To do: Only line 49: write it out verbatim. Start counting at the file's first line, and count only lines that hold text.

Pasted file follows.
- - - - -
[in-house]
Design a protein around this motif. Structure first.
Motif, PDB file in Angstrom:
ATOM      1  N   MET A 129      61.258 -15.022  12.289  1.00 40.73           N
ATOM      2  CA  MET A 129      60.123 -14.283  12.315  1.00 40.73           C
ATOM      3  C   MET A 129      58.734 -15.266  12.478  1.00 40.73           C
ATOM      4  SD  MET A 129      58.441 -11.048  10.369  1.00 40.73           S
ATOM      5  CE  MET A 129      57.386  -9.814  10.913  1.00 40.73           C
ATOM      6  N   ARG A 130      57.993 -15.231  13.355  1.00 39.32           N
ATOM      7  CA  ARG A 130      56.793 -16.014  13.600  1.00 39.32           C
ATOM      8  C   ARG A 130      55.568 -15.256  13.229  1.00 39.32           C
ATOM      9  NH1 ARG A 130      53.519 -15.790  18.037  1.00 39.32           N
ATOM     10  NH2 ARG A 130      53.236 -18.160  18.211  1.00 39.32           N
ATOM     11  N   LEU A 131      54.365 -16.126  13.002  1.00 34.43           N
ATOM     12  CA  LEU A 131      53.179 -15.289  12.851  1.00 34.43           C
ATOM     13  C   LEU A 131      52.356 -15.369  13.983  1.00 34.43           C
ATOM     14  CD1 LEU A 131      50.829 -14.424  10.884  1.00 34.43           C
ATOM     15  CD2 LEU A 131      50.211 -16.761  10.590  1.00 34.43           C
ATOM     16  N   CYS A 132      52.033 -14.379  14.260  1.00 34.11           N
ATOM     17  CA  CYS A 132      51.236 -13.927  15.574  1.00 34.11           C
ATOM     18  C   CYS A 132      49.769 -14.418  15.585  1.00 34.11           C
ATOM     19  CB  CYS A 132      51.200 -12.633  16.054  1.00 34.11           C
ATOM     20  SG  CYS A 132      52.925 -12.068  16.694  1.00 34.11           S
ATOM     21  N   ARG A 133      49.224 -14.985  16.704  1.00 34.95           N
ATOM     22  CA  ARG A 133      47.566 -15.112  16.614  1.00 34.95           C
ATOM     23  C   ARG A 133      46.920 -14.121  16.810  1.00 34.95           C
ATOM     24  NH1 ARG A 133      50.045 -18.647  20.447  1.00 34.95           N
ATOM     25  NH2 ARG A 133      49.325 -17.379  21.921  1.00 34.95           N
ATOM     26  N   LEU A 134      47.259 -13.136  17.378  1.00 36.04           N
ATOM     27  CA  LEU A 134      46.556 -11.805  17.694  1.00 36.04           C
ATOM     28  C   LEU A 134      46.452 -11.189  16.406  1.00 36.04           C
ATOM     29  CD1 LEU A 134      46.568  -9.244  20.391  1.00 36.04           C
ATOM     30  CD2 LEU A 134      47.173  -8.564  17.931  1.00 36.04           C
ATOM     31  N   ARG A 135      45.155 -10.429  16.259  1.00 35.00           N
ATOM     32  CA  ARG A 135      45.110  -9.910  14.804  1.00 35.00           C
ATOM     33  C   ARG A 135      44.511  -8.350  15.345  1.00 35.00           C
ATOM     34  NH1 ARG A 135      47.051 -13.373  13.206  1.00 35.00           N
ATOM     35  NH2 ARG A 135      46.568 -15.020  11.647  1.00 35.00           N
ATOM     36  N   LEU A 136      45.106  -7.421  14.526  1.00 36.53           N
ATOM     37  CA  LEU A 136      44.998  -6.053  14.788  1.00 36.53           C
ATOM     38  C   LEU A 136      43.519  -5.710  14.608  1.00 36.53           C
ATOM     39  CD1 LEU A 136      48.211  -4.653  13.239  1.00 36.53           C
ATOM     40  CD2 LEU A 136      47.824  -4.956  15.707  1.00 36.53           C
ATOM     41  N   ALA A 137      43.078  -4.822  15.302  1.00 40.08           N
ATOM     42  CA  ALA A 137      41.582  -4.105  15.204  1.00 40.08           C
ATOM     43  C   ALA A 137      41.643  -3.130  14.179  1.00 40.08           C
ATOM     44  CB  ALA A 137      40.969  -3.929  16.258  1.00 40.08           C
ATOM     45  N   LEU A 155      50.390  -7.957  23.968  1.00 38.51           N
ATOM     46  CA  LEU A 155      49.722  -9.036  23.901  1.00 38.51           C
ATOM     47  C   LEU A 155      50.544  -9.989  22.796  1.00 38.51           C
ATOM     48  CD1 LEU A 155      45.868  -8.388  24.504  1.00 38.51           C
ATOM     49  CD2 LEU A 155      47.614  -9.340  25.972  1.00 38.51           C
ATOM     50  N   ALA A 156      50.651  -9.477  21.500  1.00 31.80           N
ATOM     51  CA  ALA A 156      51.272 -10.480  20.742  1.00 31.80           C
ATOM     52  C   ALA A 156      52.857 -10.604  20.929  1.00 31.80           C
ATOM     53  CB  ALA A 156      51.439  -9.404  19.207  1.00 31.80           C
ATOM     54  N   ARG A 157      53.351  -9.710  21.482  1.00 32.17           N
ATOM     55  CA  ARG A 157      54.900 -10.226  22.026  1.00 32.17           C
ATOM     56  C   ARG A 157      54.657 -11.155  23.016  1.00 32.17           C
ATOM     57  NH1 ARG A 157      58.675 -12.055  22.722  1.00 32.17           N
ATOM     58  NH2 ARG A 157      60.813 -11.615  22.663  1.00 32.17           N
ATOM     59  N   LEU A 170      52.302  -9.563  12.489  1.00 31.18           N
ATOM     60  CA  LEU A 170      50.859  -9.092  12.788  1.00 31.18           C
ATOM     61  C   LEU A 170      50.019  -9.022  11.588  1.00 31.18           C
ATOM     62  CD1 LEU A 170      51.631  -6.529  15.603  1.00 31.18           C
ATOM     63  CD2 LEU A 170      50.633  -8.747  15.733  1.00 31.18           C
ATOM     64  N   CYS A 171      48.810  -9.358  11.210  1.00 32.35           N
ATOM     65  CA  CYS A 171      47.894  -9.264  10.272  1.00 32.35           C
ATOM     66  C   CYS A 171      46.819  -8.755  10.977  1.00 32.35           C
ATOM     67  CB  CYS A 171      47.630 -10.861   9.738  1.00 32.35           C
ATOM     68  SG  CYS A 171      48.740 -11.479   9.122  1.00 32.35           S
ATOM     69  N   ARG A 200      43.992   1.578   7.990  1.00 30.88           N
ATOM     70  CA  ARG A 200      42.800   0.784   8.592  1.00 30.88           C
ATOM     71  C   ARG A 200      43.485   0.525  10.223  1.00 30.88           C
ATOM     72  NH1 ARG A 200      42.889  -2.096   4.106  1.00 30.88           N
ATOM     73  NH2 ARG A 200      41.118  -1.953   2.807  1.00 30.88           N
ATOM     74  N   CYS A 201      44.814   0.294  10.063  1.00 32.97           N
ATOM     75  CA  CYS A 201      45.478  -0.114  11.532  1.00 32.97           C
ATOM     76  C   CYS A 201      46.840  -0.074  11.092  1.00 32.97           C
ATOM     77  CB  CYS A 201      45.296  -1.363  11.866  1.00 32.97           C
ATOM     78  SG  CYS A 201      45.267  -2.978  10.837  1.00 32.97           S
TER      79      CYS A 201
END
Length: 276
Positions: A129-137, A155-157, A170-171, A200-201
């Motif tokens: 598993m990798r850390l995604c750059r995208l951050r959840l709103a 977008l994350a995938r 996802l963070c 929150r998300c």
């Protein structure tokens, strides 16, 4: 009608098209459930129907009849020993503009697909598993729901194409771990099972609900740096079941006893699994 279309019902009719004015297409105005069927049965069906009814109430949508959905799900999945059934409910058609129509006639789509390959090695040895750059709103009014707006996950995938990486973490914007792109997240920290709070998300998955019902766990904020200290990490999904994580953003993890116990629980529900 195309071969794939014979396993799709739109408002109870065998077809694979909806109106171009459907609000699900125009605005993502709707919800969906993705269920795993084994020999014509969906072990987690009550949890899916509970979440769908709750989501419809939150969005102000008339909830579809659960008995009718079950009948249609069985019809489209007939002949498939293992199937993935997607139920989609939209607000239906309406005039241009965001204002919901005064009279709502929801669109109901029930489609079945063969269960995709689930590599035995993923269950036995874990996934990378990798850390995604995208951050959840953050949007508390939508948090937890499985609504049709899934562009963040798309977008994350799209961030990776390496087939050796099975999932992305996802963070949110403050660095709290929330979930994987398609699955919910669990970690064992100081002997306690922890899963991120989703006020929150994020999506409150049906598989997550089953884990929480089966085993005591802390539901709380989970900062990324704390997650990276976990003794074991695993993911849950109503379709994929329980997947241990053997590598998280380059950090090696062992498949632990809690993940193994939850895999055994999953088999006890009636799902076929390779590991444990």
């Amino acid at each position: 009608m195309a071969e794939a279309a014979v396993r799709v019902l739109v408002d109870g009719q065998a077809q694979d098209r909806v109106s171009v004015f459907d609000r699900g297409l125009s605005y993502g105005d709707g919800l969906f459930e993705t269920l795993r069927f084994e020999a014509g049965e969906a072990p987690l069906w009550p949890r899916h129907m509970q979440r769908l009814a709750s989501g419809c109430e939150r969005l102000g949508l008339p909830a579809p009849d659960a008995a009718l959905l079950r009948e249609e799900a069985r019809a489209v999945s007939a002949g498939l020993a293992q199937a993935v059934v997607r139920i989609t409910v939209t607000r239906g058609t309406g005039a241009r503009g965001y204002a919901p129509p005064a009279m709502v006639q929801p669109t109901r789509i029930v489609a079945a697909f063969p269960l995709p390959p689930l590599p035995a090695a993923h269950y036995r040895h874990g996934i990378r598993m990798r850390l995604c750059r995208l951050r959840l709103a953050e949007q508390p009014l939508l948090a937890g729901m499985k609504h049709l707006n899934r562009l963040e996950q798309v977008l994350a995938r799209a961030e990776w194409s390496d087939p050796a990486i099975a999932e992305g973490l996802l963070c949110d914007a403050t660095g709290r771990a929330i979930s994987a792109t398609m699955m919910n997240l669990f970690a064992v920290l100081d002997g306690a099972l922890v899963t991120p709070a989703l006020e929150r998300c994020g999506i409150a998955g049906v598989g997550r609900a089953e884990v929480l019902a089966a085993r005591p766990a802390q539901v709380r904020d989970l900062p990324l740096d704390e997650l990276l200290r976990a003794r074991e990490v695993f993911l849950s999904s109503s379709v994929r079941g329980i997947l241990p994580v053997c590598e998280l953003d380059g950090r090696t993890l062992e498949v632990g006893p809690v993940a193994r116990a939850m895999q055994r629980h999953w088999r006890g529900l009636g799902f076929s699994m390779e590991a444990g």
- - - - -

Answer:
ATOM     46  CA  LEU A 155      49.722  -9.036  23.901  1.00 38.51           C